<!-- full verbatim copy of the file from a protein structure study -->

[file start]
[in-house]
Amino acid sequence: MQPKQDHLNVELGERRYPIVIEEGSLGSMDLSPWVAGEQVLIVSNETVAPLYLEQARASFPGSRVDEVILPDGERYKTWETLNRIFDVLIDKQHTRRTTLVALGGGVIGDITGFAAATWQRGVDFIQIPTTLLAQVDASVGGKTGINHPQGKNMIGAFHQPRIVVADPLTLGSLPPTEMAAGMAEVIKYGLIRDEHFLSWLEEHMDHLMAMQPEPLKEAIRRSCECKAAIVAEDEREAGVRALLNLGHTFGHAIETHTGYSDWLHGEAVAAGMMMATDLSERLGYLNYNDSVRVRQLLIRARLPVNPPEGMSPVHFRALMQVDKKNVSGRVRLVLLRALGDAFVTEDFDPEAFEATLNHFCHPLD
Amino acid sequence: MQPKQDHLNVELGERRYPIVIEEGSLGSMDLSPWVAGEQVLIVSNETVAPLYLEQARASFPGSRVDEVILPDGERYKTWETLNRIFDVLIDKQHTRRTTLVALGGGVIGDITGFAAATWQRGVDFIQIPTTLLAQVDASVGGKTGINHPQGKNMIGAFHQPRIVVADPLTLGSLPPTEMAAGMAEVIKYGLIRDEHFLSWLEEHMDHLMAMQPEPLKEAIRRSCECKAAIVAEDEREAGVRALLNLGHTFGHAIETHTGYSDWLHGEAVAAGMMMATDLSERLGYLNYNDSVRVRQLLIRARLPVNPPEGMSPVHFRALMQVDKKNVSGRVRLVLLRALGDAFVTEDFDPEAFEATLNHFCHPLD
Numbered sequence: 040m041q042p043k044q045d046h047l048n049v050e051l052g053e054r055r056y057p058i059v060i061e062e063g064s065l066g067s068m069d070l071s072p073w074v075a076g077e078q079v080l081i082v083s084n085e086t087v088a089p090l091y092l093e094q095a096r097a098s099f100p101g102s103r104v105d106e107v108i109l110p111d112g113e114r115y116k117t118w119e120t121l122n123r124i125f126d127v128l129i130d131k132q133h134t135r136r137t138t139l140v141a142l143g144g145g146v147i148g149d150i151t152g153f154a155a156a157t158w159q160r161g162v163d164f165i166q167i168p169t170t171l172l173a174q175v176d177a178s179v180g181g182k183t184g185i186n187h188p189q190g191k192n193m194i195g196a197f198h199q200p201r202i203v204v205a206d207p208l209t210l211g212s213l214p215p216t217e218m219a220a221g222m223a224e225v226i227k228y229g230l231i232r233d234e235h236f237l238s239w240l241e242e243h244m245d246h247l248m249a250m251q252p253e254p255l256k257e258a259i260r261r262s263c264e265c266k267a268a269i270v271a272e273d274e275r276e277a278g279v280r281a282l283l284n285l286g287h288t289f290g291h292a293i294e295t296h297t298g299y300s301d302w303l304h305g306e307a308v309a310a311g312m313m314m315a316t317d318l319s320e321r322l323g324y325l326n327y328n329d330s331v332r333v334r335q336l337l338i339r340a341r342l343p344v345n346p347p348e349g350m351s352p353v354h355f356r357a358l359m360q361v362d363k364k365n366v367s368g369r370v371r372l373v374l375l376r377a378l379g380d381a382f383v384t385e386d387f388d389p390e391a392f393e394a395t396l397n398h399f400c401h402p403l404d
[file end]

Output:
[in-house]
Amino acid sequence: MQPKQDHLNVELGERRYPIVIEEGSLGSMDLSPWVAGEQVLIVSNETVAPLYLEQARASFPGSRVDEVILPDGERYKTWETLNRIFDVLIDKQHTRRTTLVALGGGVIGDITGFAAATWQRGVDFIQIPTTLLAQVDASVGGKTGINHPQGKNMIGAFHQPRIVVADPLTLGSLPPTEMAAGMAEVIKYGLIRDEHFLSWLEEHMDHLMAMQPEPLKEAIRRSCECKAAIVAEDEREAGVRALLNLGHTFGHAIETHTGYSDWLHGEAVAAGMMMATDLSERLGYLNYNDSVRVRQLLIRARLPVNPPEGMSPVHFRALMQVDKKNVSGRVRLVLLRALGDAFVTEDFDPEAFEATLNHFCHPLD
Amino acid sequence: MQPKQDHLNVELGERRYPIVIEEGSLGSMDLSPWVAGEQVLIVSNETVAPLYLEQARASFPGSRVDEVILPDGERYKTWETLNRIFDVLIDKQHTRRTTLVALGGGVIGDITGFAAATWQRGVDFIQIPTTLLAQVDASVGGKTGINHPQGKNMIGAFHQPRIVVADPLTLGSLPPTEMAAGMAEVIKYGLIRDEHFLSWLEEHMDHLMAMQPEPLKEAIRRSCECKAAIVAEDEREAGVRALLNLGHTFGHAIETHTGYSDWLHGEAVAAGMMMATDLSERLGYLNYNDSVRVRQLLIRARLPVNPPEGMSPVHFRALMQVDKKNVSGRVRLVLLRALGDAFVTEDFDPEAFEATLNHFCHPLD
Numbered sequence: 040m041q042p043k044q045d046h047l048n049v050e051l052g053e054r055r056y057p058i059v060i061e062e063g064s065l066g067s068m069d070l071s072p073w074v075a076g077e078q079v080l081i082v083s084n085e086t087v088a089p090l091y092l093e094q095a096r097a098s099f100p101g102s103r104v105d106e107v108i109l110p111d112g113e114r115y116k117t118w119e120t121l122n123r124i125f126d127v128l129i130d131k132q133h134t135r136r137t138t139l140v141a142l143g144g145g146v147i148g149d150i151t152g153f154a155a156a157t158w159q160r161g162v163d164f165i166q167i168p169t170t171l172l173a174q175v176d177a178s179v180g181g182k183t184g185i186n187h188p189q190g191k192n193m194i195g196a197f198h199q200p201r202i203v204v205a206d207p208l209t210l211g212s213l214p215p216t217e218m219a220a221g222m223a224e225v226i227k228y229g230l231i232r233d234e235h236f237l238s239w240l241e242e243h244m245d246h247l248m249a250m251q252p253e254p255l256k257e258a259i260r261r262s263c264e265c266k267a268a269i270v271a272e273d274e275r276e277a278g279v280r281a282l283l284n285l286g287h288t289f290g291h292a293i294e295t296h297t298g299y300s301d302w303l304h305g306e307a308v309a310a311g312m313m314m315a316t317d318l319s320e321r322l323g324y325l326n327y328n329d330s331v332r333v334r335q336l337l338i339r340a341r342l343p344v345n346p347p348e349g350m351s352p353v354h355f356r357a358l359m360q361v362d363k364k365n366v367s368g369r370v371r372l373v374l375l376r377a378l379g380d381a382f383v384t385e386d387f388d389p390e391a392f393e394a395t396l397n398h399f400c401h402p403l404d